Every time I return to my little Montana burg,
I'm amazed at how active our gossip machine
is. In a way it makes sense given there's really
not much else to do in town except talk about
each other. But honestly... after a few days it
gets to be a tad too much. This actually isn't a
new phenomena. Sinclair Lewis wrote about
small town morals and mentality back in the
twenties. Little has changed since then except
the people, players, and activities recounted.
A small town is a small town no matter where
it's located geographically. There seems to be
no better way to get an energy boost than a
juicy piece of gossip! Many people apparently
thrive on the stuff and sadly others are more
than apt at supplying loquacious fodder to fuel
the beastly buzz. Since the beginning of time
people have spent too much, drank too much,
and slept with somebody else's spouse. So
why does it continue to be such a big deal?!
Slowly you realize that there's
always been something to talk
about. When we bought our
historic home we knew little
about it's many owners. Any
gossip about their doings had
long ago died with them. Bit
by bit we learned who was who
and who did what and to whom!
And let me tell you it's juicy...
George Washington Cook built our
home at the ripe old age of 65. After
settling in Montana in 1890 GW went
on to become a teacher, rancher,
mayor, U.S. Land Agent, Railroad
Land Agent, and real estate magnate.
He and his wife Emma raised nine
children in Lewistown, at least half
of whom lived there for the balance
of their lives. A leader, GW did all
possible to make Lewistown a viable
community. A beloved, respected,
and yet ultimately forgotten man.
His eldest son was Chauncey.
"Chan" served as President of
the family business. He lived
up the street with his wife in a
home that his father built for
them. In 1938 GW also moved
in. Shortly thereafter, the title
for our home was transferred
to a Dona Mannock. Who was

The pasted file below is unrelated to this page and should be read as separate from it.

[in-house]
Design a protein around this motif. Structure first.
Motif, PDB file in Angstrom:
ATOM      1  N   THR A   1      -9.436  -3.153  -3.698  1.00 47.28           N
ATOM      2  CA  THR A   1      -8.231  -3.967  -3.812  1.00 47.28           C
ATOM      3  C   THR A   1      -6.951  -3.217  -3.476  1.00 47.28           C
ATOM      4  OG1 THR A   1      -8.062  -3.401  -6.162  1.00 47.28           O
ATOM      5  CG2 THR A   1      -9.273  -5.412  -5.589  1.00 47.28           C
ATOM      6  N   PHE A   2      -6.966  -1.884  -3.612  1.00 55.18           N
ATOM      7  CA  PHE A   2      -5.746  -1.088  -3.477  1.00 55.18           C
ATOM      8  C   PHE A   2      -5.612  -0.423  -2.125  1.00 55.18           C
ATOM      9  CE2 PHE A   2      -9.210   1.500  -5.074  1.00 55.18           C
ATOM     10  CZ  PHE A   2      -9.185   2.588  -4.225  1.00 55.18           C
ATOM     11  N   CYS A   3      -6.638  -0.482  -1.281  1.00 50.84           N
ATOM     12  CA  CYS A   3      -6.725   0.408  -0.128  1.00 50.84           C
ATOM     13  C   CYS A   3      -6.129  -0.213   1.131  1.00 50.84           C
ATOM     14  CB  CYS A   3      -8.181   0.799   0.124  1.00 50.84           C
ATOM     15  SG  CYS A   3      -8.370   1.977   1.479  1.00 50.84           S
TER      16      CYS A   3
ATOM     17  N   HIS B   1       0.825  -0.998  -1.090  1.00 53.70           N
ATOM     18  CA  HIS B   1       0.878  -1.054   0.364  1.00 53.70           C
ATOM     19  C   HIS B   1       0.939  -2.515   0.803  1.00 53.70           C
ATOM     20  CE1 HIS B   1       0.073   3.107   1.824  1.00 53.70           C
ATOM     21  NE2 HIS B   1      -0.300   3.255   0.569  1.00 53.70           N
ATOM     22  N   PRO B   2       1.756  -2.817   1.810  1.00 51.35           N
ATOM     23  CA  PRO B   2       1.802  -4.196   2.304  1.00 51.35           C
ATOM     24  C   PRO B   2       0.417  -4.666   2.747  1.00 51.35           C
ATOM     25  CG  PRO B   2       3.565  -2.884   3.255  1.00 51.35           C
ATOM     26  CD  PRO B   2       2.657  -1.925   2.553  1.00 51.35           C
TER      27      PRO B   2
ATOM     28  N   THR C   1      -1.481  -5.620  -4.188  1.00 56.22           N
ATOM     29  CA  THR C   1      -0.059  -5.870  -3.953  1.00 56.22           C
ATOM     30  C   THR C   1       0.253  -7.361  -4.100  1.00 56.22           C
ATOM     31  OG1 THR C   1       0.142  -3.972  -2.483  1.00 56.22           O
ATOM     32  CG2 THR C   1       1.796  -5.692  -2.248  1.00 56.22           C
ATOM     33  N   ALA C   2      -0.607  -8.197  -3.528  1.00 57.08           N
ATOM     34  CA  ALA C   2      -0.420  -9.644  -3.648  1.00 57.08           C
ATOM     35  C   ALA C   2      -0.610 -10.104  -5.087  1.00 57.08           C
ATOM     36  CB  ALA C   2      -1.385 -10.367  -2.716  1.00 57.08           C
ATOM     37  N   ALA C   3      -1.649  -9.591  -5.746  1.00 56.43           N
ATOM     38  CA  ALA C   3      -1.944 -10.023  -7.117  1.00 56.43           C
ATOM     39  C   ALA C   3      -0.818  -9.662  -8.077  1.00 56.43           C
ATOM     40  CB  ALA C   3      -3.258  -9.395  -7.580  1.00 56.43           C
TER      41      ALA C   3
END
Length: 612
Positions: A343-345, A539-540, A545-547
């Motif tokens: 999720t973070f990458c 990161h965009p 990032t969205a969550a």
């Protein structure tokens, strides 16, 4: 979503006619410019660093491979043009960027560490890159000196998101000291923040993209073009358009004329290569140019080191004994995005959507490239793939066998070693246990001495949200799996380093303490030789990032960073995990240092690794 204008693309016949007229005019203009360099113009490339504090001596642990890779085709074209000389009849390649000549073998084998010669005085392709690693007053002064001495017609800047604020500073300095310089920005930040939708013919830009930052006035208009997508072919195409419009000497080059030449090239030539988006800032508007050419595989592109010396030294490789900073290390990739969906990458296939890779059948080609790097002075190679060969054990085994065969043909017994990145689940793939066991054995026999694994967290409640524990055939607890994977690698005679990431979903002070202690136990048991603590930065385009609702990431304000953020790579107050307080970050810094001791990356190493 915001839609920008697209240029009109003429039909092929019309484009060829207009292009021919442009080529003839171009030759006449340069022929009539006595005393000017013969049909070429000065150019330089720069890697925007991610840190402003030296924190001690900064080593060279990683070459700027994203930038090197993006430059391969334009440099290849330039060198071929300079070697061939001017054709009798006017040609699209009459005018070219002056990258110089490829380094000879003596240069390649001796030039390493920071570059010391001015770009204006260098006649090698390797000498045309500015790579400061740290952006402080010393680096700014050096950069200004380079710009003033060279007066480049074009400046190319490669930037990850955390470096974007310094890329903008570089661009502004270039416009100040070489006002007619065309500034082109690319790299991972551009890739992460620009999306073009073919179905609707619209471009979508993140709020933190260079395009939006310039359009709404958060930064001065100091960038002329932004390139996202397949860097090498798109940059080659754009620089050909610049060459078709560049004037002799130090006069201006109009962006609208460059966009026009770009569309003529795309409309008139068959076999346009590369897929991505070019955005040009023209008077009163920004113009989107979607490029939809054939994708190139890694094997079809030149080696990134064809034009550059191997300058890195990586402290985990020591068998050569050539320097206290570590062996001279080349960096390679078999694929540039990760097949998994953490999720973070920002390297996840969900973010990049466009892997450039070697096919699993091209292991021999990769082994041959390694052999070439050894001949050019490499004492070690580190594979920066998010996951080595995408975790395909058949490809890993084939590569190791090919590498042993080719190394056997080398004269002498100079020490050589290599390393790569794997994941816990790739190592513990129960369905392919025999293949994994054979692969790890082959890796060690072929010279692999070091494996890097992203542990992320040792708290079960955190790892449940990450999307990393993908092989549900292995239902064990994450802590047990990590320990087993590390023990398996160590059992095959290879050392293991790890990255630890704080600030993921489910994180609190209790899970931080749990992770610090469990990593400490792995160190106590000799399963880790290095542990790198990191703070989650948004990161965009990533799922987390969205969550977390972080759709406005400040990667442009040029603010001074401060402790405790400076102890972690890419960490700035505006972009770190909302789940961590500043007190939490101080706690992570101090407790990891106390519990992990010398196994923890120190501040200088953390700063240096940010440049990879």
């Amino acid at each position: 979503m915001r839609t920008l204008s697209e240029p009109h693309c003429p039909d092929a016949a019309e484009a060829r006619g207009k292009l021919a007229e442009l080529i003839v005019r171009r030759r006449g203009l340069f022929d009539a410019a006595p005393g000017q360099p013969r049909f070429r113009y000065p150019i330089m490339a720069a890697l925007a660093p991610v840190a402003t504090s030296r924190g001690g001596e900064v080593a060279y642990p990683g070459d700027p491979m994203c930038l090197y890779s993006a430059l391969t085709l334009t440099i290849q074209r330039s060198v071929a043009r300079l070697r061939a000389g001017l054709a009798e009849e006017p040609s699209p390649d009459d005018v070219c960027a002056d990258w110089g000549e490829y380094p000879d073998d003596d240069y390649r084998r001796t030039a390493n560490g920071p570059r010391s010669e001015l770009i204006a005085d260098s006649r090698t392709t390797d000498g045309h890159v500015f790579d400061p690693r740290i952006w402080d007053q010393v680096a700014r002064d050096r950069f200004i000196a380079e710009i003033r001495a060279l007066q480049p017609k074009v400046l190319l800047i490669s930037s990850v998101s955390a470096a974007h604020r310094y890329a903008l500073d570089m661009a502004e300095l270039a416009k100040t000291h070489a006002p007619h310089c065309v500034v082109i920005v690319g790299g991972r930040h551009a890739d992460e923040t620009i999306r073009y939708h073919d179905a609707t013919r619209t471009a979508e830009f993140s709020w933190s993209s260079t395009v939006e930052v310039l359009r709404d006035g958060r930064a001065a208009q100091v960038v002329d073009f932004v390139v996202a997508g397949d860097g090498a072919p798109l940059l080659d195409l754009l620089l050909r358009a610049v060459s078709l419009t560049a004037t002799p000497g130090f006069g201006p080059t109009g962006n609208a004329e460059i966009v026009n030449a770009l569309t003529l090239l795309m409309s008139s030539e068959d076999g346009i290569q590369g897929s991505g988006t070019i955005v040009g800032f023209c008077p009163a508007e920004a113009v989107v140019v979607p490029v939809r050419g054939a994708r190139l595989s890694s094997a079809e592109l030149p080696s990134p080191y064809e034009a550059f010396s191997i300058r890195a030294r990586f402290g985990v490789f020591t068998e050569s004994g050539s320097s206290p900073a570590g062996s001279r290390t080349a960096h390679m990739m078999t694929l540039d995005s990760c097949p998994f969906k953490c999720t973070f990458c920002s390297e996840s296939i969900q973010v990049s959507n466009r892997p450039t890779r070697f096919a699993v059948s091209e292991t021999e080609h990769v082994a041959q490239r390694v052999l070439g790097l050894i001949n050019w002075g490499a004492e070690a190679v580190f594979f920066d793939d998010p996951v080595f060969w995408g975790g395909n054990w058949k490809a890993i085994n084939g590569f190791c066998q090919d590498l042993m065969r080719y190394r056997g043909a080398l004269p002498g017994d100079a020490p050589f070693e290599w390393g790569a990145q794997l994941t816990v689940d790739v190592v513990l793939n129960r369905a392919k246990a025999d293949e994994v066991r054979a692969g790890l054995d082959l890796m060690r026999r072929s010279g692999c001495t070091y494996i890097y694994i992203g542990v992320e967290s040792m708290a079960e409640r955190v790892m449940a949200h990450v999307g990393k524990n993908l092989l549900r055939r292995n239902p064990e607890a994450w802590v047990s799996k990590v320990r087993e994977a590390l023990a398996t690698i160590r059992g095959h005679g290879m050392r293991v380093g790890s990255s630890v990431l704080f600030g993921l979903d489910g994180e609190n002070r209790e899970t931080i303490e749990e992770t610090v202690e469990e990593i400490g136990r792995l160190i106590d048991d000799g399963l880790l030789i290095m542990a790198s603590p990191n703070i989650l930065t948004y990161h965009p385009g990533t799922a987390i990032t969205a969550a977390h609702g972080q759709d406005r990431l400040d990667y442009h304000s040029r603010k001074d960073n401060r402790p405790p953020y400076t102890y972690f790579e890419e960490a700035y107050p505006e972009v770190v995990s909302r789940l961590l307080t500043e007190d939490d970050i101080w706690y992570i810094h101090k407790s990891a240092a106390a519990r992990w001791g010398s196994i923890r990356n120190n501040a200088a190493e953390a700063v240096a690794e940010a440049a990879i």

she? What was the connection?
Why would anybody hand over a six
thousand square foot home to a lady
with a questionable past? Dona had
been in town for many years. Initially
living down by the creek in one of the
"cribs" where entertainment was for
hire. By 1938 Dona had gone legit
and quickly converted our home into
eight apartments. Over the years it
was home to upper class ladies who
"downsized." And while many knew
of Dona's sordid past, it apparently
had no impact on her new business.
Initially I wondered why Chan
handed our house over to Dona.
Further research provided the
answer. In 1946 Chan divorced
his wife to marry Orpha McKeen
yet another former professional.
Who also was Dona's sister. The
newlyweds soon moved into his
father's former manse. Where
they happily ever after until his
death in 1953. Hence one can
surmise that Dona's ownership
was in essence a family affair.
Post Dona's death in 1978 the house
fell out of favor. Becoming a nursing
home. Then the pipes froze. Next an
opportunist removed all it's treasures.
Seized for debt it was auctioned for a
pittance. A family then saved it from
destruction. Repairing it the best they
could. A few years later we bought it.
Since then we've poured much
love and cash into our old house.
While not quite as colorful as
prior residents, we're NOT the
norm. However our community
has embraced our differences.
Our hope is that our investment
in Lewistown will live on long
after we're gone and forgotten.
Another chapter in it's history.
Please note: With the exception of the first photograph of Main Street Lewistown in the twenties, and the GW Cook Fiftieth Anniversary Invitation, all other images are representations for the purpose of entertainment. Any resemblance to the persons described within the blog are purely coincidental.